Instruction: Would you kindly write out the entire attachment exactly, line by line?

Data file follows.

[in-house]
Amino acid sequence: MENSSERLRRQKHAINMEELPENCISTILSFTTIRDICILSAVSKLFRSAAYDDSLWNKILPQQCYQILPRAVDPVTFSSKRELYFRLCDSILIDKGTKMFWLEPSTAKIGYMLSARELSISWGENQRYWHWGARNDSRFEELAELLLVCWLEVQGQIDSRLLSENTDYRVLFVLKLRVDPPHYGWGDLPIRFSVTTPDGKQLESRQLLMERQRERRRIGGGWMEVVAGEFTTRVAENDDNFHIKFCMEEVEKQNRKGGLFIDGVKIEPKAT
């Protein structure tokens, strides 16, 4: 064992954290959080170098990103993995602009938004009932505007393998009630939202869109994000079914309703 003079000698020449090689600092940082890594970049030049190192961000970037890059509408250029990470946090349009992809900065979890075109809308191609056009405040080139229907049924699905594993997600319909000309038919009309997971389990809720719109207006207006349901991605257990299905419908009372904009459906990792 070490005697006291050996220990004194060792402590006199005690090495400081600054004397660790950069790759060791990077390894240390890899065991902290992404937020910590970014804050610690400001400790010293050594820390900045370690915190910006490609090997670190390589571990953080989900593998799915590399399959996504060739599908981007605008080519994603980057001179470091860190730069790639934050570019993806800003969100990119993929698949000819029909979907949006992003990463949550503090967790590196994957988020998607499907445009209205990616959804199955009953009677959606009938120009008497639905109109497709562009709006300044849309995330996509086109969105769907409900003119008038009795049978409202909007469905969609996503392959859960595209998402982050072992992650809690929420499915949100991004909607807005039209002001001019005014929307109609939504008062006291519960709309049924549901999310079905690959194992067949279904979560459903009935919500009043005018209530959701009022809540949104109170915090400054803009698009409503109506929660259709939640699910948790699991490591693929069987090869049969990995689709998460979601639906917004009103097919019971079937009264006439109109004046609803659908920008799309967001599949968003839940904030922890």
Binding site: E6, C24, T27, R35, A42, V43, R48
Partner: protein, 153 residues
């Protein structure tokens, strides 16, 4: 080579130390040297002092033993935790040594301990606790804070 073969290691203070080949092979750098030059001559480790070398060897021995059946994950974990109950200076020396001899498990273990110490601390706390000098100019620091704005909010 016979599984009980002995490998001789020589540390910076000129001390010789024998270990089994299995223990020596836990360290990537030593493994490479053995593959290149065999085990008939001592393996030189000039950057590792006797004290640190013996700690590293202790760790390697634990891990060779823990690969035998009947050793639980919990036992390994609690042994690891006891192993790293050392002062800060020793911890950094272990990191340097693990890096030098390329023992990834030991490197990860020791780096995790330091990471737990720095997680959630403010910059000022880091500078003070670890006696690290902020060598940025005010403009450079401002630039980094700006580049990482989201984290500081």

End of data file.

[in-house]
Amino acid sequence: MENSSERLRRQKHAINMEELPENCISTILSFTTIRDICILSAVSKLFRSAAYDDSLWNKILPQQCYQILPRAVDPVTFSSKRELYFRLCDSILIDKGTKMFWLEPSTAKIGYMLSARELSISWGENQRYWHWGARNDSRFEELAELLLVCWLEVQGQIDSRLLSENTDYRVLFVLKLRVDPPHYGWGDLPIRFSVTTPDGKQLESRQLLMERQRERRRIGGGWMEVVAGEFTTRVAENDDNFHIKFCMEEVEKQNRKGGLFIDGVKIEPKAT
């Protein structure tokens, strides 16, 4: 064992954290959080170098990103993995602009938004009932505007393998009630939202869109994000079914309703 003079000698020449090689600092940082890594970049030049190192961000970037890059509408250029990470946090349009992809900065979890075109809308191609056009405040080139229907049924699905594993997600319909000309038919009309997971389990809720719109207006207006349901991605257990299905419908009372904009459906990792 070490005697006291050996220990004194060792402590006199005690090495400081600054004397660790950069790759060791990077390894240390890899065991902290992404937020910590970014804050610690400001400790010293050594820390900045370690915190910006490609090997670190390589571990953080989900593998799915590399399959996504060739599908981007605008080519994603980057001179470091860190730069790639934050570019993806800003969100990119993929698949000819029909979907949006992003990463949550503090967790590196994957988020998607499907445009209205990616959804199955009953009677959606009938120009008497639905109109497709562009709006300044849309995330996509086109969105769907409900003119008038009795049978409202909007469905969609996503392959859960595209998402982050072992992650809690929420499915949100991004909607807005039209002001001019005014929307109609939504008062006291519960709309049924549901999310079905690959194992067949279904979560459903009935919500009043005018209530959701009022809540949104109170915090400054803009698009409503109506929660259709939640699910948790699991490591693929069987090869049969990995689709998460979601639906917004009103097919019971079937009264006439109109004046609803659908920008799309967001599949968003839940904030922890």
Binding site: E6, C24, T27, R35, A42, V43, R48
Partner: protein, 153 residues
């Protein structure tokens, strides 16, 4: 080579130390040297002092033993935790040594301990606790804070 073969290691203070080949092979750098030059001559480790070398060897021995059946994950974990109950200076020396001899498990273990110490601390706390000098100019620091704005909010 016979599984009980002995490998001789020589540390910076000129001390010789024998270990089994299995223990020596836990360290990537030593493994490479053995593959290149065999085990008939001592393996030189000039950057590792006797004290640190013996700690590293202790760790390697634990891990060779823990690969035998009947050793639980919990036992390994609690042994690891006891192993790293050392002062800060020793911890950094272990990191340097693990890096030098390329023992990834030991490197990860020791780096995790330091990471737990720095997680959630403010910059000022880091500078003070670890006696690290902020060598940025005010403009450079401002630039980094700006580049990482989201984290500081």